Management of farm woodlots and windbreaks: Some psychological and landscape patterns.
ABSTRACT This article reports on the relationship between measures of farmers' conservation attitudes and motivations on the one hand, and their self-reported and observed management of windbreaks and woodlots on the other. The study was conducted on historic farms where tenureship is, on average, over four generations. A survey instrument assessed farmers' attitudes about farming, the benefits of using trees on farms, the aesthetics of the rural landscape, motivation and their self-reported conservation practices. An analysis of landscape patterns on respondents' farms was conducted by analysis of aerial photography. Findings suggest that a conventional, externally motivated approach to farming results in reduced use of farm woodlots and windbreaks. In contrast, an approach based upon aesthetic and intrinsic forces is predictive of increased use and maintenance of woodlots and windbreaks. It is suggested that the promotion of conservation practices on farms may benefit from subtle, non-economic interventions as well as from financial and regulatory approaches.
- SourceAvailable from: G.M.J. Mohren[Show abstract] [Hide abstract]
ABSTRACT: The development of farm woodlots as an alternative source of livelihood for smallholder farmers in diverse biophysical and socio-economic conditions is a challenging issue in developing countries, such as Rwanda, where the majority of the population relies on subsistence farming. There is a need to understand why and when farmers decide to grow trees and woodlots on their farms. The objective of this study was to analyse the determinants and the purposes that enhance the propensity to grow woodlots in low, medium and high altitude regions of Rwanda. Necessary information for this study came from a survey of 480 households across these regions. The results showed regional variations in the determinants of woodlot farming, demonstrating the importance of not extrapolating the results between regions. Pooled data across regions indicated that age of the householder, number of salaried household members, farm size, travel distance to fuelwood sources and household location in medium forest cover region had positive significant effects on the propensity to grow farm woodlots. In contrast, household location in low forest cover region, ownership of livestock and monthly frequency of purchasing fuelwood were inversely related to the presence of farm woodlots. Many households planted eucalyptus woodlots for economic reasons, not for environmental purposes. Livestock and crop production were more attractive to rural households than woodlot farming. The findings of the study can be used by policymakers and extension services in order to promote sustainable land use practices by focusing on the challenges of competing land uses, farm size, unemployment, dependence on forests for fuelwood supply and subsistence farming.Agroforestry Systems 08/2013; 87(4). · 1.37 Impact Factor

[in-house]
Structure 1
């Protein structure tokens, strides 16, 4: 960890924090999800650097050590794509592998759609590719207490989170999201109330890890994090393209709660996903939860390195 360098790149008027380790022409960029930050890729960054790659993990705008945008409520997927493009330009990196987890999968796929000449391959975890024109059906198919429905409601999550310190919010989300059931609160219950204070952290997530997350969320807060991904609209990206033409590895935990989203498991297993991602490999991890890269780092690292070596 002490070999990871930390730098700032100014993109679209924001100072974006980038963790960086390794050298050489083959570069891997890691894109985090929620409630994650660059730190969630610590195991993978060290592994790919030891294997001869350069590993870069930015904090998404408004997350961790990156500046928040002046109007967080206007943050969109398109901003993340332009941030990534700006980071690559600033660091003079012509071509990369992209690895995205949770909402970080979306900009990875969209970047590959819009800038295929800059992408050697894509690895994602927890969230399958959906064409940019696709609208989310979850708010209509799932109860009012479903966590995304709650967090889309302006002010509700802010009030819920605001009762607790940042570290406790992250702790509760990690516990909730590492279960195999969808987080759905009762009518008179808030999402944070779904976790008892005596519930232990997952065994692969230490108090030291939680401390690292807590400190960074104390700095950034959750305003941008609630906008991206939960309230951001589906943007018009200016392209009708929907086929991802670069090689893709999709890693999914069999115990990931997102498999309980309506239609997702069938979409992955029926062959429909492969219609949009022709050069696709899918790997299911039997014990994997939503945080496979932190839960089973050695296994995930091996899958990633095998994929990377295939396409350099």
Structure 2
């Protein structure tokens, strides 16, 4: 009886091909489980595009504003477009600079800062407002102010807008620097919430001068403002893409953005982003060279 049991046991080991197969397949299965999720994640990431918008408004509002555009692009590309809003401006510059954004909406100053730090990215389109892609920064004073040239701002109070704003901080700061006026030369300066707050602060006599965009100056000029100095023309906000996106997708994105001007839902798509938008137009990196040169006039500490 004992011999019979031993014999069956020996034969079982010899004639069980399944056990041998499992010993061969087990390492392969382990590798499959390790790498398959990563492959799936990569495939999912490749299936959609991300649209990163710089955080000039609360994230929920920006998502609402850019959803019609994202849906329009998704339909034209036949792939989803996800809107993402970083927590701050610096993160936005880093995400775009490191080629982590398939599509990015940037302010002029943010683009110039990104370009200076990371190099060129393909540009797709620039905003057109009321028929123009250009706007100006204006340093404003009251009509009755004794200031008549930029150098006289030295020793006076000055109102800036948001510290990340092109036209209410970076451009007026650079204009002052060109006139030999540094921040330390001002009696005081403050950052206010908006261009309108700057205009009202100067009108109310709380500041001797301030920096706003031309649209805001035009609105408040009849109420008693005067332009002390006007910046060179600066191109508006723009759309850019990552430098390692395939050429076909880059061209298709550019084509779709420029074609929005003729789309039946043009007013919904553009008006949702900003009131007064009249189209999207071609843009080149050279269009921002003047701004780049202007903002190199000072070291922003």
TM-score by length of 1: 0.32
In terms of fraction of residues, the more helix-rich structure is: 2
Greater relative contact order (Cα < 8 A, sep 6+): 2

- [Show abstract] [Hide abstract]
ABSTRACT: The use of voluntary programs targeting resource conservation on private land has become increasingly prevalent in environmental policy. Voluntary programs potentially offer significant benefits over regulatory and market-based approaches. This article examines the factors affecting landowner participation in voluntary forest conservation programs using a combination of parcel-level GIS and remotely sensed data and semi-structured interviews of landowners in Monroe County, Indiana. A logistic regression model is applied to determine the probability of participation based on landowner education, membership in other non-forest voluntary programs, dominant land use activity, parcel size, distance from urban center, land resource portfolios, and forest cover. Both land use activity and the spatial configuration of a landholder's resource portfolio are found to be statistically significant with important implications for the design and implementation of voluntary programs.Environmental Management 08/2009; 44(3):468-84. · 1.65 Impact Factor